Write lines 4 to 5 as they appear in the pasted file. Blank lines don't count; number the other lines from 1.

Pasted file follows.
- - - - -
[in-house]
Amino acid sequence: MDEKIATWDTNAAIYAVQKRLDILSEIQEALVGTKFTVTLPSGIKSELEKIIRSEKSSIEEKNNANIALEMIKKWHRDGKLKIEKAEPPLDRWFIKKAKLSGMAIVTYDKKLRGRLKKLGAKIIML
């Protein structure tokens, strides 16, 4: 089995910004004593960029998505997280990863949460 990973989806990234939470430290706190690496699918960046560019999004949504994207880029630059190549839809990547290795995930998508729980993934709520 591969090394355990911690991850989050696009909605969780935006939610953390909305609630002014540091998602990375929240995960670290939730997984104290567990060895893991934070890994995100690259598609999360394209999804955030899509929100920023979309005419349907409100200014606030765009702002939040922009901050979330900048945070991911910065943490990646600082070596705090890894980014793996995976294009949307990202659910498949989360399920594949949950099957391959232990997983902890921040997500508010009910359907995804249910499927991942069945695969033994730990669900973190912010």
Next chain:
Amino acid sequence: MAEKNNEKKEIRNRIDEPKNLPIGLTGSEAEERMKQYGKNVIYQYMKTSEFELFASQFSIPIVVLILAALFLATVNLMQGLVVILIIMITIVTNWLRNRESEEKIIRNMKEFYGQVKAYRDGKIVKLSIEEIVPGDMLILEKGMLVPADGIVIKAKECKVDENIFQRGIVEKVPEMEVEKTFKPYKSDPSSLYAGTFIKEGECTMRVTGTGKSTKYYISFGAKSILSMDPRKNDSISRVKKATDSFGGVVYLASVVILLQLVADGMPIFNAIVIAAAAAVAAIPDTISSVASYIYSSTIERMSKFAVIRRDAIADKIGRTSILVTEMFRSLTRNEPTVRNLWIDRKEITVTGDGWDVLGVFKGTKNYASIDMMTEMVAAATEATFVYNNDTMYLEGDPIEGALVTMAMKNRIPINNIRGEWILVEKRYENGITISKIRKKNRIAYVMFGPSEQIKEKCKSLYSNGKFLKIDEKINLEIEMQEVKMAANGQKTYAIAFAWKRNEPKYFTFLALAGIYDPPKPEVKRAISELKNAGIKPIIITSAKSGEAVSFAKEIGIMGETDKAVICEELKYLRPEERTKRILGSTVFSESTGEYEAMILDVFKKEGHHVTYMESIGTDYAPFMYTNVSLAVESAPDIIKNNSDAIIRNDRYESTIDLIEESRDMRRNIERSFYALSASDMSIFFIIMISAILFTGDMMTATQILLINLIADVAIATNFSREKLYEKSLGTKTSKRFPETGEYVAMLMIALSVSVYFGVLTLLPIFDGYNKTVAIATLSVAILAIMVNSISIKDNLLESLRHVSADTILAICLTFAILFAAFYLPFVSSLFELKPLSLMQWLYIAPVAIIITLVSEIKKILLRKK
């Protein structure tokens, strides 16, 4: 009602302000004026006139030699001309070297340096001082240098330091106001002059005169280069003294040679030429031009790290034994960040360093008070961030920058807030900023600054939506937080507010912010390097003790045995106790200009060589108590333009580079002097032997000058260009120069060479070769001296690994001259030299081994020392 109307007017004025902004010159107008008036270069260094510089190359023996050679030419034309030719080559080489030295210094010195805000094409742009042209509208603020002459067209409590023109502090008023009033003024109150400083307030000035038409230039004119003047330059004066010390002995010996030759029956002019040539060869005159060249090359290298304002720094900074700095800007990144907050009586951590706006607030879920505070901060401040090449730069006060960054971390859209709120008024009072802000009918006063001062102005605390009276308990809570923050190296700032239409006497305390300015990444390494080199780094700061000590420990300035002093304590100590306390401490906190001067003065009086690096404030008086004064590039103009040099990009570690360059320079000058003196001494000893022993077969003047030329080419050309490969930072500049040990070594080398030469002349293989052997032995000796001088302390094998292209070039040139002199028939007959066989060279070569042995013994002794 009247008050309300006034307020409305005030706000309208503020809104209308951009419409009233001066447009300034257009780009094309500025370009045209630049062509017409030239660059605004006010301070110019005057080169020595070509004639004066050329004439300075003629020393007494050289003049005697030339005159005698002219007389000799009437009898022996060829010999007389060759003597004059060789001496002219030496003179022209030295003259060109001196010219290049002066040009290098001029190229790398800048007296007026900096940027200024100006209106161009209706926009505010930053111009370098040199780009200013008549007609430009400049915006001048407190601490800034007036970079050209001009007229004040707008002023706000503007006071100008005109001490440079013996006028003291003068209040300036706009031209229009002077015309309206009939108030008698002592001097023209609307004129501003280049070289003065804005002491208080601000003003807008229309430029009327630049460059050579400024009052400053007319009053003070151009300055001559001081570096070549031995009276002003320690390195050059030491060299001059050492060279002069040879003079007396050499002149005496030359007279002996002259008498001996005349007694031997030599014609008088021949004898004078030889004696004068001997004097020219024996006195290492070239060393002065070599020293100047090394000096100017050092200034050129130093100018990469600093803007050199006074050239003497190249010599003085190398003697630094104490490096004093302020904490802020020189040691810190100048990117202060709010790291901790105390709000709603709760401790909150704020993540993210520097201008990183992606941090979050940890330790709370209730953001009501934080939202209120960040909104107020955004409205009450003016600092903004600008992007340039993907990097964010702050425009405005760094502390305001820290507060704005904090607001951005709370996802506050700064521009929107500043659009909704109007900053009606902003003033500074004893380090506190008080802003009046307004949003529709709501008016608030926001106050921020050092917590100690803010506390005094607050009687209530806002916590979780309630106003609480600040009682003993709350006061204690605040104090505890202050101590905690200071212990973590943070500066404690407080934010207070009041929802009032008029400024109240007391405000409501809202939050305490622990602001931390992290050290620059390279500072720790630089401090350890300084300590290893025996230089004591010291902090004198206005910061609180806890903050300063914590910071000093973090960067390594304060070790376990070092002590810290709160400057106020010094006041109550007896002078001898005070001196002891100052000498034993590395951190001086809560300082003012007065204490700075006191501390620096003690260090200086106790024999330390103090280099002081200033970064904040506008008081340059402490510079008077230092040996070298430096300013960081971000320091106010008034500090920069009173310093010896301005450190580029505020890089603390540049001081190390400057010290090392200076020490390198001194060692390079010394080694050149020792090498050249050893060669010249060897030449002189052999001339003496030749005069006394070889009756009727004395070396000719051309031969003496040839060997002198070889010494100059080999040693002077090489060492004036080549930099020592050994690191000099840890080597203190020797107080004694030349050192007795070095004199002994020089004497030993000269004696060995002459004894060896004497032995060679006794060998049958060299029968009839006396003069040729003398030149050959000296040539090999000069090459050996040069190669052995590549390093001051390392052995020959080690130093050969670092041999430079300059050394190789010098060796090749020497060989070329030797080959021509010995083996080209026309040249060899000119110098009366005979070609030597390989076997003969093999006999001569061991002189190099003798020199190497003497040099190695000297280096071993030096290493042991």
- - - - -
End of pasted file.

Next chain:
Amino acid sequence: MAEKNNEKKEIRNRIDEPKNLPIGLTGSEAEERMKQYGKNVIYQYMKTSEFELFASQFSIPIVVLILAALFLATVNLMQGLVVILIIMITIVTNWLRNRESEEKIIRNMKEFYGQVKAYRDGKIVKLSIEEIVPGDMLILEKGMLVPADGIVIKAKECKVDENIFQRGIVEKVPEMEVEKTFKPYKSDPSSLYAGTFIKEGECTMRVTGTGKSTKYYISFGAKSILSMDPRKNDSISRVKKATDSFGGVVYLASVVILLQLVADGMPIFNAIVIAAAAAVAAIPDTISSVASYIYSSTIERMSKFAVIRRDAIADKIGRTSILVTEMFRSLTRNEPTVRNLWIDRKEITVTGDGWDVLGVFKGTKNYASIDMMTEMVAAATEATFVYNNDTMYLEGDPIEGALVTMAMKNRIPINNIRGEWILVEKRYENGITISKIRKKNRIAYVMFGPSEQIKEKCKSLYSNGKFLKIDEKINLEIEMQEVKMAANGQKTYAIAFAWKRNEPKYFTFLALAGIYDPPKPEVKRAISELKNAGIKPIIITSAKSGEAVSFAKEIGIMGETDKAVICEELKYLRPEERTKRILGSTVFSESTGEYEAMILDVFKKEGHHVTYMESIGTDYAPFMYTNVSLAVESAPDIIKNNSDAIIRNDRYESTIDLIEESRDMRRNIERSFYALSASDMSIFFIIMISAILFTGDMMTATQILLINLIADVAIATNFSREKLYEKSLGTKTSKRFPETGEYVAMLMIALSVSVYFGVLTLLPIFDGYNKTVAIATLSVAILAIMVNSISIKDNLLESLRHVSADTILAICLTFAILFAAFYLPFVSSLFELKPLSLMQWLYIAPVAIIITLVSEIKKILLRKK